Major Jungle Cruise Changes At Disneyland Make For A Better Ride

As Dwayne Johnson and Emily Blunt's Jungle Cruise movie heads to theaters, Disneyland is relaunching the iconic theme park ride with some massive changes on July 16.

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The Jungle Cruise is an iconic ride at California's Disneyland. In fact, it's one of the park's original attractions, dating back to opening day on July 17, 1955. Now, as it celebrates its 66th birthday, the ride is relaunching on July 16 with a massive makeover just as a Jungle Cruise movie is set to hit theaters and Disney+ premiere access.

The new Jungle Cruise isn't necessarily inspired by the film, though there are nods to it for fans to check out. Instead, Walt Disney Imagineering has given the ride a series of upgrades, implementing a storyline, several new scenes, an army of new animals causing some serious chaos, and the removal of certain characters that were culturally insensitive--notably the spear-carrying "natives" and Trader Sam.

The new ride experience starts as you walk up to it. An updated sign features boat oars in place of the old spears. From there, guests move into the queue, which not only includes Easter eggs from the Jungle Cruise movie (keep an eye out for costume items worn by Dwayne Johnson and Emily Blunt in the film) but also introduces the new lore of the ride.

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Historically, there is one character name associated with the Jungle Cruise, and that's Dr. Albert Falls (namesake of the ride's Schweitzer Falls). "We realized that Dr. Albert Falls has a granddaughter named Alberta, who could become the new proprietor of the Jungle Navigation Company," Walt Disney Imagineering creative director Susana Tubert revealed during a media event, adding that in the canon of the ride, Alberta's mother is an artist from India and her father is a British scholar. "So Alberta has this benefit that she's traveled all over the world. She's very cultural, she's very worldly, and she's made a lot of friends."

In the story being told on the ride, those friends have now come to visit Alberta, leaving trinkets that hint to their personalities throughout the line queue. They end up going on a Jungle Cruise themselves, though, and naturally things go very wrong.

It's important to note that, for the most part, the first half of the ride remains unchanged. You're still seeing the same animal scenes--including the "sleeping" zebra--and getting the same pun-filled dialogue from your skippers. As you get into the second half of the ride, though, the new Jungle Cruise shines through. The lost safari party being chased up a tree by a rhino has been replaced by Alberta's friends stuck in that predicament. How did they end up out of their boat and in a tree? That's revealed next, as a group of fun-loving monkeys has seemingly crashed the boat and are now playing with the supplies they found on-board as the ship goes down.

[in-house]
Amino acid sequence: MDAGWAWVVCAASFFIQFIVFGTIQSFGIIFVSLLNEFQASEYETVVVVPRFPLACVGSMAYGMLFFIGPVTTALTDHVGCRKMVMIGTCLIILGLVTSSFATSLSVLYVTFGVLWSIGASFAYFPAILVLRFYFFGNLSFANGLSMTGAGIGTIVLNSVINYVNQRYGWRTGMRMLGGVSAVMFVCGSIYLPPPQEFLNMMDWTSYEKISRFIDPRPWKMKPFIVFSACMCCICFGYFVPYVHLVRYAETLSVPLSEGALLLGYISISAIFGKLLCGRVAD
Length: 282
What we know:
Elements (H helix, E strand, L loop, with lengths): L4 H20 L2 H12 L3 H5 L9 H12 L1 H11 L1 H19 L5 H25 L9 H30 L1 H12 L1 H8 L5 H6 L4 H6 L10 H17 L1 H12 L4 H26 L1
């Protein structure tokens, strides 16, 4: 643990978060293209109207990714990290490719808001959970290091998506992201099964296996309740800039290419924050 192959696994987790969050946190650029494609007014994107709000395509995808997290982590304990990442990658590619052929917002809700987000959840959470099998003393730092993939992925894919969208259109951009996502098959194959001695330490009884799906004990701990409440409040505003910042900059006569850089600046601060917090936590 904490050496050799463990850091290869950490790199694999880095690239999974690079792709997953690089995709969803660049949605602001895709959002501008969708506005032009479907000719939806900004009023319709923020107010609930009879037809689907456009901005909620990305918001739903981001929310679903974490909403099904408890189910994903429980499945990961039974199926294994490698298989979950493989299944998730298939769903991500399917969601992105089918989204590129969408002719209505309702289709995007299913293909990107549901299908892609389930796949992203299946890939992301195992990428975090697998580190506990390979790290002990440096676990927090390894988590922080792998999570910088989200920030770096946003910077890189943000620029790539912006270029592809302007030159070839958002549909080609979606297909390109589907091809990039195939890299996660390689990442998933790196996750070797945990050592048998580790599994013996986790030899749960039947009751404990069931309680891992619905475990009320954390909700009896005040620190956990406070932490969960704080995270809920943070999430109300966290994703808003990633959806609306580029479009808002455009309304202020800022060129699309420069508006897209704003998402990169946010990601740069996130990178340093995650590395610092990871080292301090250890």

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You can check out the photos above for a better look. This is the most exciting part of the new take on the ride. The boat crash takes up two scenes, while another sees monkeys playing with butterflies they've discovered in a shipment. This is one scene that will be different at Walt Disney World's new take on the Jungle Cruise when it opens later this summer; it was revealed during the media event that in Florida, the monkeys can be found eating some of the butterflies.

The final major change comes at the end of the ride when you reach Trader Sam's lost and found stand, where the character has been removed from the ride. Per Imagineering, he's off collecting new goods to sell back to guests after rebranding the lost and found a gift shop. In his place, more monkeys are running the store, snapping photos, and having too much fun playing with the goods Sam has left behind.

Unfortunately, this isn't an actual gift shop and the ride photos being taken aren't real. Still, it's an entertaining way to welcome guests back to the dock, putting a nice finishing touch on the new experience.

In all, the revamped version of Jungle Cruise puts the focus on the animals and all of the fun they seem to be having at the expense of people silly enough to get lost in their natural habitat. "What's fun is that by the end of the ride the guests and the skipper have realized that, in reality, it's the animals that get the last laugh," Tubert said. "That's the twist to our story."

The Jungle Cruise reopens at Disneyland on July 16. The ride will then re-debut at Walt Disney World later this summer.

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